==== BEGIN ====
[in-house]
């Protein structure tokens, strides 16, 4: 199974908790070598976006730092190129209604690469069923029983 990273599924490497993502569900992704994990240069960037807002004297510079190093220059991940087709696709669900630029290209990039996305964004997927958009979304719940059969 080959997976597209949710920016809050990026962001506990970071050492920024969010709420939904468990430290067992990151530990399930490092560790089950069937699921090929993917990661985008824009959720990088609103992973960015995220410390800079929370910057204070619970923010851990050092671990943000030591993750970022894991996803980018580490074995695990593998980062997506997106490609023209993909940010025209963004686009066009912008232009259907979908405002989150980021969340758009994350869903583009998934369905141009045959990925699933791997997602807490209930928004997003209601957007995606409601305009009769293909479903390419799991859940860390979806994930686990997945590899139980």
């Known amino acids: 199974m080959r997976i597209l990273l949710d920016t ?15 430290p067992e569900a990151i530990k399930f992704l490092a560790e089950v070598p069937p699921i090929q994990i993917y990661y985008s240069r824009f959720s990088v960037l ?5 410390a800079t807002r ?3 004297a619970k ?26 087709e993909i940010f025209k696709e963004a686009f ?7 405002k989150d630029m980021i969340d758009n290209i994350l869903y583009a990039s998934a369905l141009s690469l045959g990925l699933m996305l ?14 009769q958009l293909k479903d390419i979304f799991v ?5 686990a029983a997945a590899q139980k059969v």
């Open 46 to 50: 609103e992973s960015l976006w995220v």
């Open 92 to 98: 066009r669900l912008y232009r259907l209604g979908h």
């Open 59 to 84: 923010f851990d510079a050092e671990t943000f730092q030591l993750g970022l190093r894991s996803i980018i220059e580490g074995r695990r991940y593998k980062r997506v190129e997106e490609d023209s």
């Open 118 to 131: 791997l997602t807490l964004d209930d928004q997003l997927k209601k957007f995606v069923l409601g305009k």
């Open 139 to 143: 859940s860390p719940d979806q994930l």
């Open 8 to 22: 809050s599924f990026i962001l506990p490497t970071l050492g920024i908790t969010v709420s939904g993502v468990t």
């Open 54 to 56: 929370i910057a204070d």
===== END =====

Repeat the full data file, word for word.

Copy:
[in-house]
């Protein structure tokens, strides 16, 4: 199974908790070598976006730092190129209604690469069923029983 990273599924490497993502569900992704994990240069960037807002004297510079190093220059991940087709696709669900630029290209990039996305964004997927958009979304719940059969 080959997976597209949710920016809050990026962001506990970071050492920024969010709420939904468990430290067992990151530990399930490092560790089950069937699921090929993917990661985008824009959720990088609103992973960015995220410390800079929370910057204070619970923010851990050092671990943000030591993750970022894991996803980018580490074995695990593998980062997506997106490609023209993909940010025209963004686009066009912008232009259907979908405002989150980021969340758009994350869903583009998934369905141009045959990925699933791997997602807490209930928004997003209601957007995606409601305009009769293909479903390419799991859940860390979806994930686990997945590899139980």
């Known amino acids: 199974m080959r997976i597209l990273l949710d920016t ?15 430290p067992e569900a990151i530990k399930f992704l490092a560790e089950v070598p069937p699921i090929q994990i993917y990661y985008s240069r824009f959720s990088v960037l ?5 410390a800079t807002r ?3 004297a619970k ?26 087709e993909i940010f025209k696709e963004a686009f ?7 405002k989150d630029m980021i969340d758009n290209i994350l869903y583009a990039s998934a369905l141009s690469l045959g990925l699933m996305l ?14 009769q958009l293909k479903d390419i979304f799991v ?5 686990a029983a997945a590899q139980k059969v």
């Open 46 to 50: 609103e992973s960015l976006w995220v």
């Open 92 to 98: 066009r669900l912008y232009r259907l209604g979908h």
């Open 59 to 84: 923010f851990d510079a050092e671990t943000f730092q030591l993750g970022l190093r894991s996803i980018i220059e580490g074995r695990r991940y593998k980062r997506v190129e997106e490609d023209s």
């Open 118 to 131: 791997l997602t807490l964004d209930d928004q997003l997927k209601k957007f995606v069923l409601g305009k």
């Open 139 to 143: 859940s860390p719940d979806q994930l």
């Open 8 to 22: 809050s599924f990026i962001l506990p490497t970071l050492g920024i908790t969010v709420s939904g993502v468990t």
């Open 54 to 56: 929370i910057a204070d």